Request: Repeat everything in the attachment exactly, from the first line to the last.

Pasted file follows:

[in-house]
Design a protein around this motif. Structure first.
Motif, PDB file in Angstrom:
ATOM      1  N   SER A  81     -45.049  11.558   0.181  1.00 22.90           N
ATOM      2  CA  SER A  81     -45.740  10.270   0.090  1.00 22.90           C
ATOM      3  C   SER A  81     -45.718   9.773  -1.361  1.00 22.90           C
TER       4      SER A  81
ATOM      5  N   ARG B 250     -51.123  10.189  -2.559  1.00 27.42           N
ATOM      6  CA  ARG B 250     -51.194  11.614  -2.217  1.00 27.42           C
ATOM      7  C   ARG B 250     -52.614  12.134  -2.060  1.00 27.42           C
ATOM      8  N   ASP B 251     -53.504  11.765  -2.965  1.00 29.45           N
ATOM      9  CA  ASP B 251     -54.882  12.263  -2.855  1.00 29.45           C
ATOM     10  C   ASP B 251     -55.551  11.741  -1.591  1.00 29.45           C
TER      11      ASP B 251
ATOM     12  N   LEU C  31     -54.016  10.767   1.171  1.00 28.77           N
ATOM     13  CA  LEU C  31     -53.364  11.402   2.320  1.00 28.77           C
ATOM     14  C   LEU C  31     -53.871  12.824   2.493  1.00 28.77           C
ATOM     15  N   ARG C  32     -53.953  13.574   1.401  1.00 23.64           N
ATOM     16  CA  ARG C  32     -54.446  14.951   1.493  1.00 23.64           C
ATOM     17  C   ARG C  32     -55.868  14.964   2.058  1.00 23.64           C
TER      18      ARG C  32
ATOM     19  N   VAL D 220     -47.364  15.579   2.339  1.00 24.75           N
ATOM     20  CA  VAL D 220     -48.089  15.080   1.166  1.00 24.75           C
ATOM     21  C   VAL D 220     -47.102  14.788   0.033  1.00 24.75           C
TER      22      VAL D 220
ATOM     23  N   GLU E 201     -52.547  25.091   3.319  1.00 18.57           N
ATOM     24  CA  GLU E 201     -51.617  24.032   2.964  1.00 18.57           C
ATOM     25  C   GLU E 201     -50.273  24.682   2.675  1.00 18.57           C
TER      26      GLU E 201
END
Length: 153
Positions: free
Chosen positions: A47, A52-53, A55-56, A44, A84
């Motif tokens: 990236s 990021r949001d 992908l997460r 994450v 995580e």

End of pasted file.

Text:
[in-house]
Design a protein around this motif. Structure first.
Motif, PDB file in Angstrom:
ATOM      1  N   SER A  81     -45.049  11.558   0.181  1.00 22.90           N
ATOM      2  CA  SER A  81     -45.740  10.270   0.090  1.00 22.90           C
ATOM      3  C   SER A  81     -45.718   9.773  -1.361  1.00 22.90           C
TER       4      SER A  81
ATOM      5  N   ARG B 250     -51.123  10.189  -2.559  1.00 27.42           N
ATOM      6  CA  ARG B 250     -51.194  11.614  -2.217  1.00 27.42           C
ATOM      7  C   ARG B 250     -52.614  12.134  -2.060  1.00 27.42           C
ATOM      8  N   ASP B 251     -53.504  11.765  -2.965  1.00 29.45           N
ATOM      9  CA  ASP B 251     -54.882  12.263  -2.855  1.00 29.45           C
ATOM     10  C   ASP B 251     -55.551  11.741  -1.591  1.00 29.45           C
TER      11      ASP B 251
ATOM     12  N   LEU C  31     -54.016  10.767   1.171  1.00 28.77           N
ATOM     13  CA  LEU C  31     -53.364  11.402   2.320  1.00 28.77           C
ATOM     14  C   LEU C  31     -53.871  12.824   2.493  1.00 28.77           C
ATOM     15  N   ARG C  32     -53.953  13.574   1.401  1.00 23.64           N
ATOM     16  CA  ARG C  32     -54.446  14.951   1.493  1.00 23.64           C
ATOM     17  C   ARG C  32     -55.868  14.964   2.058  1.00 23.64           C
TER      18      ARG C  32
ATOM     19  N   VAL D 220     -47.364  15.579   2.339  1.00 24.75           N
ATOM     20  CA  VAL D 220     -48.089  15.080   1.166  1.00 24.75           C
ATOM     21  C   VAL D 220     -47.102  14.788   0.033  1.00 24.75           C
TER      22      VAL D 220
ATOM     23  N   GLU E 201     -52.547  25.091   3.319  1.00 18.57           N
ATOM     24  CA  GLU E 201     -51.617  24.032   2.964  1.00 18.57           C
ATOM     25  C   GLU E 201     -50.273  24.682   2.675  1.00 18.57           C
TER      26      GLU E 201
END
Length: 153
Positions: free
Chosen positions: A47, A52-53, A55-56, A44, A84
């Motif tokens: 990236s 990021r949001d 992908l997460r 994450v 995580e």